Be on the lookout for trees that appear dead.  Fire can burn and weaken the root systems of trees.  Even in a light wind, trees may fall.  When they do, they can impact an area up to 2x the tree's height.  Without needles, these trees provide no warning because they make little or no sound.  Everyone in a hiking party should keep an eye on the trees above.  Give yourself some extra room when choosing a route and especially where you choose to rest.  Be extra careful of trees after rain.  Burned tree stumps can create obvious large holes.  In many cases, the hole may actually be bigger than you think.  Fire may have burned roots leaving tunnels where solid wood used to be.  Your body or vehicle weight may cause a tunnel to collapse under you.  And again, especially after rain.

Rain is a welcomed thing in the Southwest, but problems can arise because of this wonderful resource, water.  The wild fires have left burn areas devoid of vegetation and ground cover.  This makes these areas more susceptible to flooding and mudslides with even the slightest bit of precipitation.  Rainfall of even 1/4 inch can cause flash flooding and mudslides.  Conditions can quickly change, wiping out a trail and trapping a hiker.
In the event of a storm, hikers should avoid any natural drainages, such as creeks or stream beds.  Seek higher ground to avoid potential flooding.  If you should become trapped, stay put and use a signaling device to attract attention.

We are looking forward to exploring the new conditions we will find when we return to the mountain, but we will always put hikers' safety at the forefront of our activities.

Saturday, May 20, 2017


No one plans on getting lost, but if you hike long enough, chances are you will find yourself off course, wondering where you went wrong.  Hopefully it is only a few yard off the intended path when you discover you are heading off in the wrong directions and can correct your ways.  But sometimes it is not discovered until later and you wonder where you went wrong.

It often starts out the same way. a hiker, having escaped into the forest to enjoy the day, is late returning home.  Their car waits at the trailhead, empty.  A search and rescue team is called in, and the hiker is found--tired, cold, hungry, and embarrassed.  Luckily this ending was a happy one.  Perhaps they were a beginner hiker unfamiliar with the area, or maybe they were experience and just missed a crucial trail marker.  Sometimes they have just thrown caution and preparation to the wind.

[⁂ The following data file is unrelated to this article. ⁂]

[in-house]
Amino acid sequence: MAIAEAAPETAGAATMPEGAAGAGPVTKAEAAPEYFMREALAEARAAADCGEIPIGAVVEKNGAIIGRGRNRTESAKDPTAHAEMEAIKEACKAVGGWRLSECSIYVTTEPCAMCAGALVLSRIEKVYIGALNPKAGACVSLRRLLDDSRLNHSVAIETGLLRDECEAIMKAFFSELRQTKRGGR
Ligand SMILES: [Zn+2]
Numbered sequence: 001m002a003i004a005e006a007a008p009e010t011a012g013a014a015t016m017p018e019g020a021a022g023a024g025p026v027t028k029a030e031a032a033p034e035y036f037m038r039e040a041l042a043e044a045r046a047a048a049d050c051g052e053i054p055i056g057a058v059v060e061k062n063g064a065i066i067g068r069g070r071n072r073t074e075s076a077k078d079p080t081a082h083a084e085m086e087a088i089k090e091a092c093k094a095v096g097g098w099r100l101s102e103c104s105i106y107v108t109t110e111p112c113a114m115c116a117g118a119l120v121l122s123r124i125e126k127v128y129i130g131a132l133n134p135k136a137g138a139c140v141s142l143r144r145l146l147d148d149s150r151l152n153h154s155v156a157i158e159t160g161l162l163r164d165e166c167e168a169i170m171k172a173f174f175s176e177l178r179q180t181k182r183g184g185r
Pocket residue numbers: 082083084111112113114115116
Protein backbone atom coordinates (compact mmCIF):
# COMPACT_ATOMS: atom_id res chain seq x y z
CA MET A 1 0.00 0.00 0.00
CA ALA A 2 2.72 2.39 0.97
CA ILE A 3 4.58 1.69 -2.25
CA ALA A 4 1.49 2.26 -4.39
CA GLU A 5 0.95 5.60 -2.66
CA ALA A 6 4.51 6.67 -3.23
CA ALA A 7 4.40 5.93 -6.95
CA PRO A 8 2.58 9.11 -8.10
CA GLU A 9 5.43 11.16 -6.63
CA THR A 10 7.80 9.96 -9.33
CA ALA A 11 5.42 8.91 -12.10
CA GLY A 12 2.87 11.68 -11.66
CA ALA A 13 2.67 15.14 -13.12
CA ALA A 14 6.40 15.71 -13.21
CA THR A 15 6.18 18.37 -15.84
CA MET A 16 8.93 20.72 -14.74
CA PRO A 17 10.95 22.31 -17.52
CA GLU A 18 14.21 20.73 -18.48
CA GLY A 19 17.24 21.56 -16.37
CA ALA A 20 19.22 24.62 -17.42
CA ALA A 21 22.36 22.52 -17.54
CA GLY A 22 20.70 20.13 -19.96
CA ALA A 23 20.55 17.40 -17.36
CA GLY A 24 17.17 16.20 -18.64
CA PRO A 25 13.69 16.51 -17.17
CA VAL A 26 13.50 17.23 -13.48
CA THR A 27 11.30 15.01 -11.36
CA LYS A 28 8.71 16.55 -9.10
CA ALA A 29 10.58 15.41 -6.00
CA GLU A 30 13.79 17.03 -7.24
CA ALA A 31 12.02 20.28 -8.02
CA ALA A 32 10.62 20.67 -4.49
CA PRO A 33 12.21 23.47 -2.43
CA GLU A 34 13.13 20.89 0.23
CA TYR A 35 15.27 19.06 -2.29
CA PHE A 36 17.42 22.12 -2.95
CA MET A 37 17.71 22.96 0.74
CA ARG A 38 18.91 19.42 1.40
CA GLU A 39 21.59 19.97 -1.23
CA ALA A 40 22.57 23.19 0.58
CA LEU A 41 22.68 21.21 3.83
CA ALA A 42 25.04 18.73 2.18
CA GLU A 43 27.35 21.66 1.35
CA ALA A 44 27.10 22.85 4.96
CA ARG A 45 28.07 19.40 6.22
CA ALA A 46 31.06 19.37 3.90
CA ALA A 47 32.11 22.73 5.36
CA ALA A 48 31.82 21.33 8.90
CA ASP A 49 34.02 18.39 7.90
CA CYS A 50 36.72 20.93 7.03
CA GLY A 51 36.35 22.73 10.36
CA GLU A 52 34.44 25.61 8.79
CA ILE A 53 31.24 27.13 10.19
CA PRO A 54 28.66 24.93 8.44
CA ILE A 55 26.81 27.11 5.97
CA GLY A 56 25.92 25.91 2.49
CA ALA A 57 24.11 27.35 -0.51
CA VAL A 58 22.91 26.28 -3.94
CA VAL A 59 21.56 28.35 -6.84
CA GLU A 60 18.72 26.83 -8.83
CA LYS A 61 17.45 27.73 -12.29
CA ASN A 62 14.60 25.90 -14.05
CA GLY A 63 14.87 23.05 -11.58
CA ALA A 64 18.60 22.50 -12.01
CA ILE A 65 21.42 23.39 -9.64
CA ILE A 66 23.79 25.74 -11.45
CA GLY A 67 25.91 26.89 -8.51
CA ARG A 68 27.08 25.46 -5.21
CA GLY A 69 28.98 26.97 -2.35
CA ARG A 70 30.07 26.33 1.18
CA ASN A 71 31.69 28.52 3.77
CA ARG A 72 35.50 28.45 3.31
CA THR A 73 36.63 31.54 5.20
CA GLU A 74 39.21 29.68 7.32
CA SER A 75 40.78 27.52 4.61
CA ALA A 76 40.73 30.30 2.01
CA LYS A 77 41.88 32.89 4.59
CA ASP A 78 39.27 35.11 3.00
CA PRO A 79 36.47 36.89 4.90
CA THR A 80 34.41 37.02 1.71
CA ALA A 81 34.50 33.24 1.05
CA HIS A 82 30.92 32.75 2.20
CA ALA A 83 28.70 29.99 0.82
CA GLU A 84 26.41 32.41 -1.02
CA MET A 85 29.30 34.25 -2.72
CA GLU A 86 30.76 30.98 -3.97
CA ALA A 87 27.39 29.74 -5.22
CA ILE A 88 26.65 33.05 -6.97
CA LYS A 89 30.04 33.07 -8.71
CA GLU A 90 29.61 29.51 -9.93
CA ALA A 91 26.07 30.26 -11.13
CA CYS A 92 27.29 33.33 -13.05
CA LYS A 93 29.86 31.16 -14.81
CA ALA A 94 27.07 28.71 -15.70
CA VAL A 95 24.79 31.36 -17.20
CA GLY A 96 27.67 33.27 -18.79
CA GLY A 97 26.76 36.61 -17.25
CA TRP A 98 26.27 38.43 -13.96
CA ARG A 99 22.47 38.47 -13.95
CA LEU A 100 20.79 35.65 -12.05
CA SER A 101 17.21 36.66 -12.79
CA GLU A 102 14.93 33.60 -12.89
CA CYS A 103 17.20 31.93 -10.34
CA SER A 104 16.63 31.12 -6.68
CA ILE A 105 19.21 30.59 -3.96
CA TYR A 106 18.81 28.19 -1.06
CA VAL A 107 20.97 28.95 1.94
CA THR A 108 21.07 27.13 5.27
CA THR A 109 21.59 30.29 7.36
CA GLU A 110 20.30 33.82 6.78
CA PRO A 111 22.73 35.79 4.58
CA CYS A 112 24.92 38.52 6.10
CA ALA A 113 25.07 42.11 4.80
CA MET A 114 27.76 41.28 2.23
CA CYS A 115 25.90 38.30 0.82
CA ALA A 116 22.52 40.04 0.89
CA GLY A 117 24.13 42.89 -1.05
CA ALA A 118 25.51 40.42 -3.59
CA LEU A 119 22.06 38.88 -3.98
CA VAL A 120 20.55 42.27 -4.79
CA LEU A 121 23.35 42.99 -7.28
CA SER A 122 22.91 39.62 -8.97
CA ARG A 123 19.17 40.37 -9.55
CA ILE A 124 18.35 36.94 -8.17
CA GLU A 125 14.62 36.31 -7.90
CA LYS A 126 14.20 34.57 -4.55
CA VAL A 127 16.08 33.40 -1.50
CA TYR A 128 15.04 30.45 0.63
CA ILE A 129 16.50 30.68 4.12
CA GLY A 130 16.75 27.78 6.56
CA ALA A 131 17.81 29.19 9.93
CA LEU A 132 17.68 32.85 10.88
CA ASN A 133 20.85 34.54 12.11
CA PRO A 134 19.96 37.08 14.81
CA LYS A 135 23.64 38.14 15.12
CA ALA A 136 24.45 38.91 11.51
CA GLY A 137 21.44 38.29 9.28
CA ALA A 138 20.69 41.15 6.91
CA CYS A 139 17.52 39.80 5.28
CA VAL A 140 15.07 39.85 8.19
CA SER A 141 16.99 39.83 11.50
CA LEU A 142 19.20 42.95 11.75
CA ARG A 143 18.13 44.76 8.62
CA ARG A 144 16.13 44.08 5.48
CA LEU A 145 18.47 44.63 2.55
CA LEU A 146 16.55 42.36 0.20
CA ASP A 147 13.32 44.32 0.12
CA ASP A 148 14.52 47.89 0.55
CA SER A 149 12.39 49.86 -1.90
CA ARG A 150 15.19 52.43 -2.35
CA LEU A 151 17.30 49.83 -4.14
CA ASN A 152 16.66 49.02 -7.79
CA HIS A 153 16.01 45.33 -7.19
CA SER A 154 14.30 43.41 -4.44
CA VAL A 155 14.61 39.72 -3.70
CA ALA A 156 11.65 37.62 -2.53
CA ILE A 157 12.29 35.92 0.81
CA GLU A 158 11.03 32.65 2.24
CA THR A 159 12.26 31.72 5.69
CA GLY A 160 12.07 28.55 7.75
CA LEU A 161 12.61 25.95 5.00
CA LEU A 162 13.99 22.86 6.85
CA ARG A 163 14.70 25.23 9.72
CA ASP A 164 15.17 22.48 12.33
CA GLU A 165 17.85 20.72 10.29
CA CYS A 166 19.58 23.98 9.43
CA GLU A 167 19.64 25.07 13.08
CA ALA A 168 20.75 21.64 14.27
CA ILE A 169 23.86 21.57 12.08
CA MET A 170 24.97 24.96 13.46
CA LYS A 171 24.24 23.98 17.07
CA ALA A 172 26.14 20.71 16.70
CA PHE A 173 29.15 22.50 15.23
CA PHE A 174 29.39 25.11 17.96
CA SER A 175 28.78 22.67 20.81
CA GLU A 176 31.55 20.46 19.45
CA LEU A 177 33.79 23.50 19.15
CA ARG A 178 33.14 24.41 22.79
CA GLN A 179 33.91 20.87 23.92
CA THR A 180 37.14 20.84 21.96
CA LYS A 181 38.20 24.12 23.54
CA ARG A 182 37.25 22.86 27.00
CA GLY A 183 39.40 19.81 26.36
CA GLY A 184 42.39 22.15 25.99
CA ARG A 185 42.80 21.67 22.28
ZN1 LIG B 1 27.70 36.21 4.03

The first step in avoiding a tragedy is your preparation.  Research your hike.  Study a map and read trail descriptions before you go on your hike.  In today's world, using a GPS on a hike can really help you avoid getting lost, and if you do get lost, it can help you find our way back to safety.  (Be sure you know how to use it before you hike.)

Make sure you are prepared for the off chance you do get lost.  Carry these essentials:  nutrition, hydration, sun protection, additional clothing for insulation, illumination, first-aid,waterproof matches, and emergency signalling (old cd and whistle.)

It is never a good idea to hike alone.  There is safety in numbers.  If you do hike alone, and in fact any time you hike, leave a hike itinerary with someone.  Let them know where you are going and when you plan to return.  This can make the difference between life and death, as it gives search and rescue a general location for where to start looking.  Make sure you notify your contact if you change plans during your hike.

Taking a detour to waterfalls, venturing off-trail to see wildlife and other adventurous exploration are why we hike.  (And there are thoe side trips to heed the call of mother nature.)  They are also what get us lost.  Make sure you watch for landmarks--interesting rocks, trees, topography.  That way you can navigate back to your trail.  Don't consider taking a short cut or going off trail.  Remaining on the trail reduces your chances of getting lost. 

Remember, weather changes quickly in the mountains.  Fatigue and unexpected conditions can affect your hike.  Know your limitations and when to postpone ahike or turn back.  The mountains will be there another day.

If you find yourself clueless in the forest, here are a few things to keep in mind:
  • Don't panic.  Sop, take a deep breath and look around.
  • Never run when you get lost.  Not only could you hurt yourself, but you can take yourself farther and farther away from your point of origin and become further disoriented.  Good advice for a lost child is "hug a tree" meaning stay put.  That's good advice for all of us.  Don't move until you have a specific reason to do so. The only time you might want to leave your spot when lost is if you know you haven't gone too far afield and can retrace your steps until you are back on familiar ground.  You also want to eave a location that is unsafe, severe weather is approaching and you need shelter, if no one will know you are missing to search for you, your rescue signal will probably not be seen, or you do not have enough food or water to survive.  These exception make the situation pretty complicated.
Spend enough time exploring the outdoors and chances are you're going to get lost sometime.  All in all, you can't ever prevent getting lost with 100% certainty.  But plan and follow the tips above, and chances are you won't be lost for long.